"It was phenomenal," says Wieher. "It showed us that these kids were really invested in this. And, as you might imagine with high school students, when given the opportunity they told us in no uncertain terms their pleasures and displeasures with school food in general."
With the results of the survey in mind, Operation Food Search's food service team created a plan that was approved by the school board and implemented over the summer, just in the time for the first day of the 2019-2020 school year.
On Mon., Aug. 19, Normandy students walked into an almost unrecognizable space. The Normandy High School cafeteria is gone, and in its place is the striking new Viking Grill. Students can now choose from two food service options, plus a self-serve condiment bar, a flavor station with salt-free seasonings and a vegetable bar for salads.
Healthy, nutritious food is the end goal, and Operation Food Search worked to make that kind of food more appealing to the students by taking a hard look at the color, texture, taste, temperature and abundance of the food it planned to serve. "We elevated the experience by elevating the food," says Wieher.
Previously, the cafeteria featured two service lines that served the same items. "If you didn't want to eat mashed potatoes, gravy and green beans, you didn't eat," says Wieher.
The new grab-and-go line offers standard favorites such as hamburgers, chicken sandwiches, pizza, salads and fresh fruit and vegetables, all of which are arranged in the same order each day to implement the ease of repetition.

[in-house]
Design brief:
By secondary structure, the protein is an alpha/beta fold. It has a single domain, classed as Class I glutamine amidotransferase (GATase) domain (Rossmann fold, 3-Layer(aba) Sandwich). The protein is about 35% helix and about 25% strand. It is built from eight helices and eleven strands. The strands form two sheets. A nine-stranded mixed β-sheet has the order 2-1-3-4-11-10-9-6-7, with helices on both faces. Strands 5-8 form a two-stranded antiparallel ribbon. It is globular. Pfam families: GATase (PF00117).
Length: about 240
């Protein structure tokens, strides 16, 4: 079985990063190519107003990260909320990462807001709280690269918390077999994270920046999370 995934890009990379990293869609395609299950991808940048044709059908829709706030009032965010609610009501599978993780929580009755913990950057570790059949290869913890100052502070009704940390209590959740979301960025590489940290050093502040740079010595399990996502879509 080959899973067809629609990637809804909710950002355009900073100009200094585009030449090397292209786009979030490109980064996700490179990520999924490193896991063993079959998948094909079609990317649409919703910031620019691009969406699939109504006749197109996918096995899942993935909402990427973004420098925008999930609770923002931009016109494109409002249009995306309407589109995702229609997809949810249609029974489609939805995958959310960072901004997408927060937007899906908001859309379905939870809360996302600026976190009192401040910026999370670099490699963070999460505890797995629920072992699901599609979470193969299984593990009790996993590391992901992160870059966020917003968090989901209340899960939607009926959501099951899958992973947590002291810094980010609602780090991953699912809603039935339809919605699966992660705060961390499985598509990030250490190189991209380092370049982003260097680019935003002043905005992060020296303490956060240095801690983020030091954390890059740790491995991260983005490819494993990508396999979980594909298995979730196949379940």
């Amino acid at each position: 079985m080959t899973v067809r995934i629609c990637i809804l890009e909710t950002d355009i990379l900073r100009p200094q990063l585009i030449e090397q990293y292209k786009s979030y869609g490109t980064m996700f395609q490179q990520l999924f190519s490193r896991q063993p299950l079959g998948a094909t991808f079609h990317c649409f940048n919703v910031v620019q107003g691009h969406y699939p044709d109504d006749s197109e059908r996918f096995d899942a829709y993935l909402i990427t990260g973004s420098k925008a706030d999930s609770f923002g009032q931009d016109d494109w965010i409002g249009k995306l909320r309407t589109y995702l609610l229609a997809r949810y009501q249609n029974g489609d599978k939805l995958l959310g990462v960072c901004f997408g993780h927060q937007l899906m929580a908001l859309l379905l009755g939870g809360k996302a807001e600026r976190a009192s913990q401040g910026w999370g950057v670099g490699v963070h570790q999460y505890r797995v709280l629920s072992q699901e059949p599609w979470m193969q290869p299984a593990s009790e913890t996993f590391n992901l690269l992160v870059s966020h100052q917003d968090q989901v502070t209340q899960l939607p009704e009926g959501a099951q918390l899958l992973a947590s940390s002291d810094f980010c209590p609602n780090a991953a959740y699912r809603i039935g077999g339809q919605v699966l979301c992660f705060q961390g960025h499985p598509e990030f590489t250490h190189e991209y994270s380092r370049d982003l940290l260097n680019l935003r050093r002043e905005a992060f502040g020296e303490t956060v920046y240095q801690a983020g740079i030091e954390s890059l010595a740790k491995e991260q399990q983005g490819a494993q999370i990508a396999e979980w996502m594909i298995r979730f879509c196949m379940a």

Meanwhile, the Chef's Creation side of the Viking Grill is modeled after a fast-casual restaurant, with printed menus and a big chalkboard displaying the day's special. September's specials include everything from Philly cheesesteak with roasted carrot "fries" to chicken and waffles with creamy broccoli salad to a chicken or pork ramen bowl loaded with an egg, cabbage, carrots, peas and corn.
Operation Food Search also worked on making the process more efficient for students: Where it previously took about 20 minutes to get through the lunch line, it now takes less than 12.
The work hasn't gone unnoticed by the students. Wieher spent the first day of school at the Viking Grill and says he was struck by how many students sought him out in the crowd to thank him and his team for their work. "I finally asked one of them, 'Why are you guys thanking me so much?' and they said, 'Well, sir, you listened to us. You guys conducted this survey, we said what we had to say, but we honestly didn’t think anything was going to come of it.' Because, frankly, adults don’t usually listen to kids. So they felt empowered. They felt like they had been heard."